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              SLC2A9 is a newly identified urate transporter influencing serum urate concentration, urate excretion and gout.

              Uric acid is the end product of purine metabolism in humans and great apes, which have lost hepatic uricase activity, leading to uniquely high serum uric acid concentrations (200-500 microM) compared with other mammals (3-120 microM). About 70% of daily urate disposal occurs via the kidneys, and in 5-25% of the human population, impaired renal excretion leads to hyperuricemia. About 10% of people with hyperuricemia develop gout, an inflammatory arthritis that results from deposition of monosodium urate crystals in the joint. We have identified genetic variants within a transporter gene, SLC2A9, that explain 1.7-5.3% of the variance in serum uric acid concentrations, following a genome-wide association scan in a Croatian population sample. SLC2A9 variants were also associated with low fractional excretion of uric acid and/or gout in UK, Croatian and German population samples. SLC2A9 is a known fructose transporter, and we now show that it has strong uric acid transport activity in Xenopus laevis oocytes.

                Author and article information

                Nat Commun
                Nat Commun
                Nature Communications
                Nature Pub. Group
                03 April 2012
                : 3
                : 764
                [1 ]simpleDepartment of Pathophysiology, Tokyo University of Pharmacy and Life Sciences , 1432-1 Horinouchi, Hachiouji, Tokyo 192-0392, Japan.
                [2 ]simpleDivision of Kidney and Hypertension, Department of Internal Medicine, Jikei University School of Medicine , 3-19-18 Shinbashi, Minato-ku, Tokyo 105-8471, Japan.
                [3 ]simpleDepartment of Integrative Physiology and Bio-Nano Medicine, National Defense Medical College , 3-2 Namiki, Tokorozawa, Saitama 359-8513, Japan.
                [4 ]simpleDepartment of Pharmacy, The University of Tokyo Hospital, Faculty of Medicine, The University of Tokyo , 7-3-1 Hongo, Bunkyo-ku, Tokyo 113-8655, Japan.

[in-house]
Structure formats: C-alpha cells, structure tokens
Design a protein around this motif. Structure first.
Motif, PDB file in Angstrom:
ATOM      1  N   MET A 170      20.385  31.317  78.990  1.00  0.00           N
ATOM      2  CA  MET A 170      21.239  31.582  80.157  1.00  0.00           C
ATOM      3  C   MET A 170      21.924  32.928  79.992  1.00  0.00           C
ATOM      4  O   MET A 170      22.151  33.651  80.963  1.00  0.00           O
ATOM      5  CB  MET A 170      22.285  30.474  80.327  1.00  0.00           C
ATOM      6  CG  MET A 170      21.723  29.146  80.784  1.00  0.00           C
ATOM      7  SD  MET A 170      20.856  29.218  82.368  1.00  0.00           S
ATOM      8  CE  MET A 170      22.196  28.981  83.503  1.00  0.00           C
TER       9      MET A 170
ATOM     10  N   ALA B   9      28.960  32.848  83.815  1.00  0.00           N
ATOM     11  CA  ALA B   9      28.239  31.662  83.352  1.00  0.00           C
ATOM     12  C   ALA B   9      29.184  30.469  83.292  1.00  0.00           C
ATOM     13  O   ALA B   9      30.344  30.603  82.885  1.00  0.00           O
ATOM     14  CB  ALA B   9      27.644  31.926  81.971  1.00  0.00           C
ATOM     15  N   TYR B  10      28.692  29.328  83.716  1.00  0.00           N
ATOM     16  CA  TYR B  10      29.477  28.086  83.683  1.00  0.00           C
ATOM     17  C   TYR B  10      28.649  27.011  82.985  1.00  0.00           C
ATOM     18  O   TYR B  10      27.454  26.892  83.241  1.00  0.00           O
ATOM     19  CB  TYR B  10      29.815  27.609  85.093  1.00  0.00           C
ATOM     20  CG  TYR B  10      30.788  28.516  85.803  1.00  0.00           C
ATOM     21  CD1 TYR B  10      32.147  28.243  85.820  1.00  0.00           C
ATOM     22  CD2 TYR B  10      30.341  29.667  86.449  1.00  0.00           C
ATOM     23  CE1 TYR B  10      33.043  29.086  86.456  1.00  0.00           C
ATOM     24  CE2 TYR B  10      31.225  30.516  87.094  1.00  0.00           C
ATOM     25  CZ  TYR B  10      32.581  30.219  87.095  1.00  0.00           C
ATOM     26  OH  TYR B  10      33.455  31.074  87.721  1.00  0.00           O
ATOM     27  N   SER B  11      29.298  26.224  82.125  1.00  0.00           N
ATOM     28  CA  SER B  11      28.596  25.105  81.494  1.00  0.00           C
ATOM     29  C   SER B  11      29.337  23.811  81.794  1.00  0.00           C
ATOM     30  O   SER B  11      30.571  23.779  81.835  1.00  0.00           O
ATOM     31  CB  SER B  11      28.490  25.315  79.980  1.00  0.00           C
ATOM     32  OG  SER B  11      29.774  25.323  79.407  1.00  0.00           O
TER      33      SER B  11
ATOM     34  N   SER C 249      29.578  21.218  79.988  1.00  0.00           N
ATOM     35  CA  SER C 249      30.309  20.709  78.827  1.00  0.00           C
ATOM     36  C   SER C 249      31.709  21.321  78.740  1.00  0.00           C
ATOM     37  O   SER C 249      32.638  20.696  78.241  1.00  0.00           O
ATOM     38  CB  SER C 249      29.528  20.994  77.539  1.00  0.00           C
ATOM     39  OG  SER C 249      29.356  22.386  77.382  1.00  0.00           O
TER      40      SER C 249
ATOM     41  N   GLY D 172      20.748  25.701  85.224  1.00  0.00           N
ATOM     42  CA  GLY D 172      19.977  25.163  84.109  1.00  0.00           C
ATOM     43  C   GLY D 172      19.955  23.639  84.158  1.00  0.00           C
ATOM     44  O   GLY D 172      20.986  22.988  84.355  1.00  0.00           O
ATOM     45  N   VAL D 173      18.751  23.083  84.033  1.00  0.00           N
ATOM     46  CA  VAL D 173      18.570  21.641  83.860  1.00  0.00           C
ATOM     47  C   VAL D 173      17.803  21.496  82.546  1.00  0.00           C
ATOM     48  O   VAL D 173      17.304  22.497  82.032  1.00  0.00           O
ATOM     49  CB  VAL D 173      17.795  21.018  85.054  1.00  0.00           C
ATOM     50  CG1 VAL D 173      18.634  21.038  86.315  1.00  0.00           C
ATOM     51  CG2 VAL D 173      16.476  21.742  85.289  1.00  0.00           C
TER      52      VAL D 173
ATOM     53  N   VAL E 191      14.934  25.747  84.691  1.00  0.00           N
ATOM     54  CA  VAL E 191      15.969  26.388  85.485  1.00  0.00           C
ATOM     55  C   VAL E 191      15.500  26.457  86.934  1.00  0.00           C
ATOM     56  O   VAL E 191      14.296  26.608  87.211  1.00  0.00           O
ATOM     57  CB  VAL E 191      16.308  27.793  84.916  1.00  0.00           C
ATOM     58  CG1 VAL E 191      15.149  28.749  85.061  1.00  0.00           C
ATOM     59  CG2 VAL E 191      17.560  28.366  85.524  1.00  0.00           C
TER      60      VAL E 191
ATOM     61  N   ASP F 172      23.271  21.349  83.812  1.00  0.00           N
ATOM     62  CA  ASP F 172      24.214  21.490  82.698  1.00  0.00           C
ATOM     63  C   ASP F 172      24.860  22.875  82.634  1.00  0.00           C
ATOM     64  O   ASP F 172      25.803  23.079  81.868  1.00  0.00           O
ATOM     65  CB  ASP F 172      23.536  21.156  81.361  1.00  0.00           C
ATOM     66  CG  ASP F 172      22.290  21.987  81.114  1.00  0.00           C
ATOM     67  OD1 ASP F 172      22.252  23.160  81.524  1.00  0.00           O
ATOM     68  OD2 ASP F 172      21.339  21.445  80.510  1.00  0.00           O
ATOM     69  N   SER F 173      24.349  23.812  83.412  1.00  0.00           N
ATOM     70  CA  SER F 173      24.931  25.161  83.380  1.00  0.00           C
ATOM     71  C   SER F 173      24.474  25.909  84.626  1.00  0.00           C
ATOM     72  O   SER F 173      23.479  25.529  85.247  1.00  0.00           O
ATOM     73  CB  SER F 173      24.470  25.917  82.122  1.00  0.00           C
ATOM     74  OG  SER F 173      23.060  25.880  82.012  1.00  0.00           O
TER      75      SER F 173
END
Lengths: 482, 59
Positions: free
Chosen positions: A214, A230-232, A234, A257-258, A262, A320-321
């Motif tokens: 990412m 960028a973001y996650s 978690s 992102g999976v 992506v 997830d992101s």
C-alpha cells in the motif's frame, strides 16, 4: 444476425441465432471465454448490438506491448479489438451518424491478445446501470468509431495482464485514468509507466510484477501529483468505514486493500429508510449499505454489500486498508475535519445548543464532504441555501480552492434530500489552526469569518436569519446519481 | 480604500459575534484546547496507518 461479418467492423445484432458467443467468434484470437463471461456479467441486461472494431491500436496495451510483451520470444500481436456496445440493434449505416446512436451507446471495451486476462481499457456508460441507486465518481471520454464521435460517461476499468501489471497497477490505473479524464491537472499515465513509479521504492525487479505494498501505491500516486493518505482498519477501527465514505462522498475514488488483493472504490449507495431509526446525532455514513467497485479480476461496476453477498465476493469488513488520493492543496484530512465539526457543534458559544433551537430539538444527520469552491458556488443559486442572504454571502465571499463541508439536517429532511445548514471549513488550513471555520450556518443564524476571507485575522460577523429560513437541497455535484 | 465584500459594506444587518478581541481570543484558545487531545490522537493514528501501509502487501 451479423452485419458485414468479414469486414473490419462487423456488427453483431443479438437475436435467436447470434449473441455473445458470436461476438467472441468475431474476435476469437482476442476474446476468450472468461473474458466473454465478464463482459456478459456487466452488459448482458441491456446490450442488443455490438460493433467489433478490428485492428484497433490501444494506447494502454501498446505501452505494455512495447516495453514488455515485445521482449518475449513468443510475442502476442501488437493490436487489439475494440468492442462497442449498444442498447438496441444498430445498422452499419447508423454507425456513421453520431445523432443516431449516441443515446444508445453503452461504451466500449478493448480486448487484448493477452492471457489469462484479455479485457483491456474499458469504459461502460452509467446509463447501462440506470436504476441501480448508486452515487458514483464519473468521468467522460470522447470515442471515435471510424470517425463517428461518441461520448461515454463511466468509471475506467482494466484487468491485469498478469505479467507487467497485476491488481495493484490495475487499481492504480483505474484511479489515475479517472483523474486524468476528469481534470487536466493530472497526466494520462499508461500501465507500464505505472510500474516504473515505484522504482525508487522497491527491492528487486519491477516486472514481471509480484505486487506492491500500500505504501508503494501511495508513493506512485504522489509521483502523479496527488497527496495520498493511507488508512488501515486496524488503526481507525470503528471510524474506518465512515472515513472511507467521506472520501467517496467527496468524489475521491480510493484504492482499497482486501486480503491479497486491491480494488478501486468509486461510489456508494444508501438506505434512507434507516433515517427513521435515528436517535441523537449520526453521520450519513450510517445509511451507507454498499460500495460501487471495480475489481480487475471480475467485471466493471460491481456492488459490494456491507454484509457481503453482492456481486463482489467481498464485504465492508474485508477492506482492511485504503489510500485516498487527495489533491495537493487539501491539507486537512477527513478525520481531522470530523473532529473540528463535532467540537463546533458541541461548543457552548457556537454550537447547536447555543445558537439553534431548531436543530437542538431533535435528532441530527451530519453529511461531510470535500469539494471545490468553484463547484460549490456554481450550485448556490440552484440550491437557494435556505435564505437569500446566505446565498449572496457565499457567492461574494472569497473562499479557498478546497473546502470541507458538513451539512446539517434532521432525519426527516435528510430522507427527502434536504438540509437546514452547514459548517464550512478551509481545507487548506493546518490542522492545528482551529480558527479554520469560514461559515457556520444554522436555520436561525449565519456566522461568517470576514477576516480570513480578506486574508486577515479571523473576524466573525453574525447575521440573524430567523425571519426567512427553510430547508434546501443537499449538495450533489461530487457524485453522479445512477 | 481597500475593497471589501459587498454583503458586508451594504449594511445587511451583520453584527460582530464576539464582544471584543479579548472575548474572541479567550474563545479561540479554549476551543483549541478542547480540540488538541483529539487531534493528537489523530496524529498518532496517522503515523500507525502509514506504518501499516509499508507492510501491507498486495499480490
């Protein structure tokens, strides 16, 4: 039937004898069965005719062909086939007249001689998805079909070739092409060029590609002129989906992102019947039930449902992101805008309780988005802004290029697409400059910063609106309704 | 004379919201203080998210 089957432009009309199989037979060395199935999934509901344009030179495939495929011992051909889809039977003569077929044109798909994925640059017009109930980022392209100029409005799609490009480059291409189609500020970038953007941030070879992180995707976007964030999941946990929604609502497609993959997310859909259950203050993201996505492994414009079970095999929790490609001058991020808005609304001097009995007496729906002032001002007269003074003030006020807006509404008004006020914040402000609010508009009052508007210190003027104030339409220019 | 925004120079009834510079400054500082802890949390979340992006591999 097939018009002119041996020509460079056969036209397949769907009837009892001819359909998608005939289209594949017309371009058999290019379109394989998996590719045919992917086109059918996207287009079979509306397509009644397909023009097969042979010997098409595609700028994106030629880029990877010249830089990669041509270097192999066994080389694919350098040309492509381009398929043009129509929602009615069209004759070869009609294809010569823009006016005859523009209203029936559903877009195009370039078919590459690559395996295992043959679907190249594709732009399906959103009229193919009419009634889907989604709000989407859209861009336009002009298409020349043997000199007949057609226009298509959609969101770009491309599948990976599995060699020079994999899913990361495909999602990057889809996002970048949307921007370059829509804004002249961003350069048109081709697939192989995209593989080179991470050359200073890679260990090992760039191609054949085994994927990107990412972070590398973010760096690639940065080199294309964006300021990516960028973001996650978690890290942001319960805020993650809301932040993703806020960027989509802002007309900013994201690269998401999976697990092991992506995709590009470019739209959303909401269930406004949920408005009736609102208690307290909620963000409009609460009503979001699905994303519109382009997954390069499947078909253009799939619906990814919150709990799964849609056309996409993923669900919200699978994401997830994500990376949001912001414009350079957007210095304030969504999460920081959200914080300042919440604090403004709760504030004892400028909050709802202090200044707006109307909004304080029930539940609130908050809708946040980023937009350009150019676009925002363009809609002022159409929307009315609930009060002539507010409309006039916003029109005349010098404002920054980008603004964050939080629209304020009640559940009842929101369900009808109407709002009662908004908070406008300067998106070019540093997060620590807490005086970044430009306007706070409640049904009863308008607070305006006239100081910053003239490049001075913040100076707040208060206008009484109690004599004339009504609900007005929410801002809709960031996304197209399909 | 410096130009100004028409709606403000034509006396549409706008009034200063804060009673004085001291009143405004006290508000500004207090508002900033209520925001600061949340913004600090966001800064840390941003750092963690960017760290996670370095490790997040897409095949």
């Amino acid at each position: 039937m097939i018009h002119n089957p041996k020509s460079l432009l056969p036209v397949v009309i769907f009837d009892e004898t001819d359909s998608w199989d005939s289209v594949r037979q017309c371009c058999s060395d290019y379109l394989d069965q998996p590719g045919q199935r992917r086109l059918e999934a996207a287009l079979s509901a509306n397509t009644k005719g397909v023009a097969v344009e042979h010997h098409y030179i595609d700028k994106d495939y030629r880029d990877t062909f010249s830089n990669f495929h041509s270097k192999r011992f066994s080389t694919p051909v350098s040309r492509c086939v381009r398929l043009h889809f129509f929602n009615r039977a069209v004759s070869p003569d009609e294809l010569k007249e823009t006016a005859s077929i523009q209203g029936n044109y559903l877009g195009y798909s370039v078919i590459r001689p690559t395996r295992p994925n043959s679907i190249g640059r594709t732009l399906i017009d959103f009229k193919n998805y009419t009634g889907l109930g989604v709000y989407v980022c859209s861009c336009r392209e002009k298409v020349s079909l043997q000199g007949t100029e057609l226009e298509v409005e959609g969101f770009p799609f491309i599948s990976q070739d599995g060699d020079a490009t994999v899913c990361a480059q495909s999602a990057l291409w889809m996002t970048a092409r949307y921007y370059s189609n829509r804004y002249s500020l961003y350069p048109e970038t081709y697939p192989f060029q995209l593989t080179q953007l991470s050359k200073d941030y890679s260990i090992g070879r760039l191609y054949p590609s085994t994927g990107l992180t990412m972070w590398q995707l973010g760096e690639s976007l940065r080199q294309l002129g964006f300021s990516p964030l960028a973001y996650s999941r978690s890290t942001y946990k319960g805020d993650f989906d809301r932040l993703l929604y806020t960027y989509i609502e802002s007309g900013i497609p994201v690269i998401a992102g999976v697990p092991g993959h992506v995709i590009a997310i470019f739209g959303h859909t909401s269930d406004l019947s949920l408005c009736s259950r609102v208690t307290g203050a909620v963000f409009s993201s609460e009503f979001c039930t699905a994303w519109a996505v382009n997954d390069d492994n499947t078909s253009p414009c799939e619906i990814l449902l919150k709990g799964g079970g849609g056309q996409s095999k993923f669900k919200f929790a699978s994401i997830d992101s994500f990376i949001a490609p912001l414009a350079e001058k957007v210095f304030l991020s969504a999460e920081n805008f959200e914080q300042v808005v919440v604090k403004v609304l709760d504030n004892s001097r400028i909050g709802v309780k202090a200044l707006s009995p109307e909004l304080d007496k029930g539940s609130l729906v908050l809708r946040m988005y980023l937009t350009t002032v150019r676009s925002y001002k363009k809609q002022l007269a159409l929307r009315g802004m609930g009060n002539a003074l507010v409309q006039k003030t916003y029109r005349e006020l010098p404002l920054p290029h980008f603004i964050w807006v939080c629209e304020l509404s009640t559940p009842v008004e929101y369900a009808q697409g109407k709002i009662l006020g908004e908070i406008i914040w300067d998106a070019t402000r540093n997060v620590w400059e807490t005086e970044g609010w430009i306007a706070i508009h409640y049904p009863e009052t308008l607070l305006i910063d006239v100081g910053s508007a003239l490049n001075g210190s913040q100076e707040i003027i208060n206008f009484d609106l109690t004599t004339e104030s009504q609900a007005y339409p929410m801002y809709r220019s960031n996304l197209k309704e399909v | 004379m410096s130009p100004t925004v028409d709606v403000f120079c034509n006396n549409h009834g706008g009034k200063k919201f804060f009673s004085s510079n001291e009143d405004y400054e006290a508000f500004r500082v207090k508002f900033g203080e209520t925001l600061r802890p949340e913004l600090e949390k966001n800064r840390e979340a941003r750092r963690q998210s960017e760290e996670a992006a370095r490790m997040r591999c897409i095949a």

[5 ]simpleThird Division, Aeromedical Laboratory, Japan Air Self-Defense Force , 2-3 Inariyama, Sayama, Saitama 350-1324, Japan.
                [6 ]simpleMidorigaoka Hospital , 3-13-1 Makami-cho, Takatsuki, Osaka 569-1121, Japan.
                [7 ]simpleDepartment of Preventive Medicine and Public Health, National Defense Medical College , 3-2 Namiki, Tokorozawa, Saitama 359-8513, Japan.
                [8 ]simpleLaboratory for Mathematics, Premedical Course, National Defense Medical College , 3-2 Namiki, Tokorozawa, Saitama 359-8513, Japan.
                [9 ]simpleLaboratory for Statistical Analysis, Center for Genomic Medicine, Institute of Physical and Chemical Research (RIKEN) , 4-6-1 Shirokanedai, Minato-ku, Tokyo 108-8639, Japan.
                [10 ]simpleLaboratory for Biofunctions, The Central Research Institute, National Defense Medical College , 3-2 Namiki, Tokorozawa, Saitama 359-8513, Japan.
                [11 ]simpleDepartment of Human Physiology and Pathology, Teikyo University School of Pharmaceutical Sciences , 2-11-1 Kaga, Itabashi-ku, Tokyo 173-8605, Japan.
                [12 ]These authors contributed equally to this work.
                Author notes
                Copyright © 2012, Nature Publishing Group, a division of Macmillan Publishers Limited. All Rights Reserved.

                This work is licensed under a Creative Commons Attribution-NonCommercial-Share Alike 3.0 Unported License. To view a copy of this license, visit